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Click the tartan to view its entry in The Scottish Registers of Tartans which includes registration details, restrictions, and registrant information.


Unregistered tartans may link to one of the web's online design environments for similar information.


For any questions about reproduction of designs or weaving of these tartans, please contact the registrant directly or via this website.

Never Grow Up Day

“There are many different kinds of bravery. There’s the bravery of thinking of others before oneself. Now, your father has never brandished a sword nor fired a pistol, thank heavens. But he has made many sacrifices for his family, and put away many dreams… .He put them in a drawer. And sometimes, late at night, we take them out and admire them. But it gets harder and harder to close the drawer… He does. And that is why he is brave.”

~ Peter Pan, James Barrie, 1911

Peter Pan; or, the Boy Who Wouldn't Grow Up \by Scottish playwright and author J. M. Barrie, was first performed this day in the form of a 1904 play and later published in novel form in October of 1911. This beloved childhood story with its tales of Lost Boys, flying children (with the help of a little bit of pixie dust), fairies, mermaids and pirates, is also credited with popularizing the formerly nonexistent name "Wendy." Supposedly, the name was inspired from the nickname fwendy "friend", given to the author by a young girl couldn't pronounce her "f"s and "r"s. J.M. Barrie gave all the rights to Peter Pan to Great Ormond Street Hospital for Sick Children in 1929 and requested that the amount raised should never be revealed. This tartan was also designed by for the Great Ormond Street Hospital for Sick Children. The hospital has always honoured Barrie's wishes. And remember should you want to visit Neverland with Wendy, John, and Michael, "Second star to the right and straight on 'til morning!" 📙 ✍️ 🧚‍♂️ 🏴‍🐊 ⭐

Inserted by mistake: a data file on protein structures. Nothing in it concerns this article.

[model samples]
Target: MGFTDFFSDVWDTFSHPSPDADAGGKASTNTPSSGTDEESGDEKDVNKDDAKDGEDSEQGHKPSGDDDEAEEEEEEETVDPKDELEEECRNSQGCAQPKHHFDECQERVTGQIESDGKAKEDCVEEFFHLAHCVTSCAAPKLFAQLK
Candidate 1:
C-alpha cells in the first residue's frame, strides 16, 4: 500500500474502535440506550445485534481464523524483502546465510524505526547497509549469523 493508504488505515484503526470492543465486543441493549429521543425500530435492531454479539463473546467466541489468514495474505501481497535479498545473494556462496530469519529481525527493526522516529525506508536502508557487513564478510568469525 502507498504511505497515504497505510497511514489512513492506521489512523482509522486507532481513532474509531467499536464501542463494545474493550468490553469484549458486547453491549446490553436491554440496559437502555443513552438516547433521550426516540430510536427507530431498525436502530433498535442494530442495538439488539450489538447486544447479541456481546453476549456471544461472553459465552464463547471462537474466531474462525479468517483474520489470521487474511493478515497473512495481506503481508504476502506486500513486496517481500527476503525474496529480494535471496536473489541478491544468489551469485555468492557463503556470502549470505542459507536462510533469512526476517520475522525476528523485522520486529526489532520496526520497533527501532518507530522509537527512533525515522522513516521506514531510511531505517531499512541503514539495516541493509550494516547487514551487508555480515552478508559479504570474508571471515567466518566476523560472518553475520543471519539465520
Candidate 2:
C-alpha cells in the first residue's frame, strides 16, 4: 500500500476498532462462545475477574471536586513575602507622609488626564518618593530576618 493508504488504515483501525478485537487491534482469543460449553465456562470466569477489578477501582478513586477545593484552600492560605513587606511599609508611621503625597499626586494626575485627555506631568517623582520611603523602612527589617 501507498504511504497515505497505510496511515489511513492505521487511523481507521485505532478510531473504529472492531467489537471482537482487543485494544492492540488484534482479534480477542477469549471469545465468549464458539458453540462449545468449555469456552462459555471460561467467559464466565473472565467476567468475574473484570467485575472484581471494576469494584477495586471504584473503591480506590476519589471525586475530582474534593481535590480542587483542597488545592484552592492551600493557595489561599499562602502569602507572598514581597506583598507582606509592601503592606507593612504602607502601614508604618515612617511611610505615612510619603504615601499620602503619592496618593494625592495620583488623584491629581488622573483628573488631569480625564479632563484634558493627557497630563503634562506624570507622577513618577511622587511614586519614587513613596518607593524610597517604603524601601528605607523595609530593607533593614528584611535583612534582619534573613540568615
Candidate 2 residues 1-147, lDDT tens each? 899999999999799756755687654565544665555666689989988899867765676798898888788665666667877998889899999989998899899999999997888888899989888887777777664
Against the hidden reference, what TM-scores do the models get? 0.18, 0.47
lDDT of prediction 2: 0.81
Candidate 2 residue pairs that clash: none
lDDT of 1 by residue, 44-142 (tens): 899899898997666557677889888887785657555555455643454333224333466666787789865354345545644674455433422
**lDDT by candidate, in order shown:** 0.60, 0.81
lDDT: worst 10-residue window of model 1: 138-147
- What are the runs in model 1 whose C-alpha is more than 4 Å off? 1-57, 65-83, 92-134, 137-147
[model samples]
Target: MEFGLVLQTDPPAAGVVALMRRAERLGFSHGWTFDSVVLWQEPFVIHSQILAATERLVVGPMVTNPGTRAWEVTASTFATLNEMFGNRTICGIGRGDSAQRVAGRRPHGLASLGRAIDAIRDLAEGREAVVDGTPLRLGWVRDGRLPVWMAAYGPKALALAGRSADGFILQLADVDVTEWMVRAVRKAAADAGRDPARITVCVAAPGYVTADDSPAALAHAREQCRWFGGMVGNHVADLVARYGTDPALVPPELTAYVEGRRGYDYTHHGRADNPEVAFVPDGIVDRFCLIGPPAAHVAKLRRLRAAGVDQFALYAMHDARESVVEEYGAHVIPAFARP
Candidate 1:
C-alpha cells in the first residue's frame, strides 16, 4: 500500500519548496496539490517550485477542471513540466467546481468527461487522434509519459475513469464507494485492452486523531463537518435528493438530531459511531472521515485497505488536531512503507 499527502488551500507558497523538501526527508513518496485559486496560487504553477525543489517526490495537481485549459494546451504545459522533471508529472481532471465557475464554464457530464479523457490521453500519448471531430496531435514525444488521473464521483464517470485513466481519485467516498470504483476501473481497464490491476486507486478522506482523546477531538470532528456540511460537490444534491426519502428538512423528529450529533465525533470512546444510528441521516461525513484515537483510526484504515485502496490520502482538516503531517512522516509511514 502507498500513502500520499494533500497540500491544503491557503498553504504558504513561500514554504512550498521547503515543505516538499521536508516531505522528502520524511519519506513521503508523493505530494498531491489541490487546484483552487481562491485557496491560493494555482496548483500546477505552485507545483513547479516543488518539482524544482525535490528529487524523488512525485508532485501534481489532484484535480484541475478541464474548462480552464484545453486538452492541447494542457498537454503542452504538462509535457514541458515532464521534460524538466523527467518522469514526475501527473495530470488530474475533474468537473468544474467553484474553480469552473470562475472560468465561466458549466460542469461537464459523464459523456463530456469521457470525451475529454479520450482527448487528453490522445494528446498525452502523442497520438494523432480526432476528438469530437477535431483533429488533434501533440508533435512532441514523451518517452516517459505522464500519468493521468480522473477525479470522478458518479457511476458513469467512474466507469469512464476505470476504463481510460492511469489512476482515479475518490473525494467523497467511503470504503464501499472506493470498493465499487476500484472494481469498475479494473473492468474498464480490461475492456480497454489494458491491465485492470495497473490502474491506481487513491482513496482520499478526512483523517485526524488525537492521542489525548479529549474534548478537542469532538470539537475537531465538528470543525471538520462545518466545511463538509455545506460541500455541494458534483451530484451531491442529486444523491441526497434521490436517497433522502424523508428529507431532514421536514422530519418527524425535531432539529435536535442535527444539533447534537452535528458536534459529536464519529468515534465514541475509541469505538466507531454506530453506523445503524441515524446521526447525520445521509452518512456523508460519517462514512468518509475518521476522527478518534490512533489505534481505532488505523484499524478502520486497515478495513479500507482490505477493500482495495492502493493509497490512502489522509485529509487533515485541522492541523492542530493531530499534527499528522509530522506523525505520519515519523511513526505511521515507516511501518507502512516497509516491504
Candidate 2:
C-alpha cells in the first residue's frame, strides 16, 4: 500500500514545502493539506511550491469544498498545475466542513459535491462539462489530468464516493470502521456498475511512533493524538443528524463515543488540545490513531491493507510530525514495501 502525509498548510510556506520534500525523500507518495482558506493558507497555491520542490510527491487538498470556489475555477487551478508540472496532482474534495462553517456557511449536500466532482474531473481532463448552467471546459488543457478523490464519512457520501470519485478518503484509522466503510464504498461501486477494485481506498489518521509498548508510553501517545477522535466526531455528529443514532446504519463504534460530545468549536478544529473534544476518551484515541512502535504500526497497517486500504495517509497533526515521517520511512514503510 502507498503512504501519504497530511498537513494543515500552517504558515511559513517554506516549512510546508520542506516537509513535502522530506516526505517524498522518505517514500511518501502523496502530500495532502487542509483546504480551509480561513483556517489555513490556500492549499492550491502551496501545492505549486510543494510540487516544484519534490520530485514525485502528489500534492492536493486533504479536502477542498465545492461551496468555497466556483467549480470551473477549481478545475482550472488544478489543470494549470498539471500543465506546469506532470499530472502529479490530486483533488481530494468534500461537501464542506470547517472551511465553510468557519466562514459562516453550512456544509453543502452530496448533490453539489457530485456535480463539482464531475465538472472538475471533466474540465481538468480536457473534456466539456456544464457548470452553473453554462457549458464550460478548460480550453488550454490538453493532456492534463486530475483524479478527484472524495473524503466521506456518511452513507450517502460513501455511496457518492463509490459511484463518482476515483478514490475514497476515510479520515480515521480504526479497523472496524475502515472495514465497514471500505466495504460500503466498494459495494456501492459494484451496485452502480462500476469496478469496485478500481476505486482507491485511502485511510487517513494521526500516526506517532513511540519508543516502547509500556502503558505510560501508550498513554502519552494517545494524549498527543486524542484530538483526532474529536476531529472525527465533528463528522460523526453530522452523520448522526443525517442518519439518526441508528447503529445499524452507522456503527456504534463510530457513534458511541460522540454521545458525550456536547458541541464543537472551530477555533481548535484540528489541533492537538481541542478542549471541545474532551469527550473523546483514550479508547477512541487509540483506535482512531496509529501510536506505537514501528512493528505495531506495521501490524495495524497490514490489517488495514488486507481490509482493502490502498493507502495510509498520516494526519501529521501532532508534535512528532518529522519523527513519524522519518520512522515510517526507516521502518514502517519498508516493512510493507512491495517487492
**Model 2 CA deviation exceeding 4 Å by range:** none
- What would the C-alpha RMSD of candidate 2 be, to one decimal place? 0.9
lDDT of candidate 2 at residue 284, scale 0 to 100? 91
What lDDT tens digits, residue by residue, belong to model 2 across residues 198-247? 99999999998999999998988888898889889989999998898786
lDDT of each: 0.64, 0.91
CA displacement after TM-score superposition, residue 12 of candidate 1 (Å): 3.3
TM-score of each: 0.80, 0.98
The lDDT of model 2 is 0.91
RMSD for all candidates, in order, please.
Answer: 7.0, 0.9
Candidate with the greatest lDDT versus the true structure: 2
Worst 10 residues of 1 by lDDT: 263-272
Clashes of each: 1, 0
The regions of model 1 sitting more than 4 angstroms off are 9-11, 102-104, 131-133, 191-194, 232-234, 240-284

Peter and Wendy - The Boy Who Wouldn't Grow Up is J. M. Barrie's most famous work, first produced in the form of a 1904 play and subsequently in the 1911 novel.  


Both versions tell the story of Peter Pan, a mischievous yet innocent boy who can magically fly with the help of his fairy friend Tinker Bell and lives on the island of Neverland which is inhabited by mermaids, fairies, Native American Indians and pirates!  Peter sometimes returns to London to listen to bedtime stories told by Wendy Darling, a young girl on the verge of growing up.  Peter convinces Wendy and her two brothers to fly away with him to Neverland to meet his tribe of Lost Boys, where encounter the infamous pirate Captain Hook. 

Sir James Matthew Barrie (1860 –1937) was a Scottish novelist and playwright born and educated in Scotland. While living in London, he met the young Llewelyn Davies brothers in Kensington Gardens, and developed a friendship with the family.  Inspired by the boys' fantasy play, he created stories which later became the basis for Peter Pan. He is also credited with popularising the then-uncommon name Wendy.

In 1929, Barrie gave the copyright of the Peter Pan works to London's Great Ormond Street Children' Hospital for which this tartan was designed. 

For some of the famous Peter Pan inspired sites and curios within Kensington Gardens, click the painting of Peter Pan flying with Wendy, John, Michael, and Tinkerbell!

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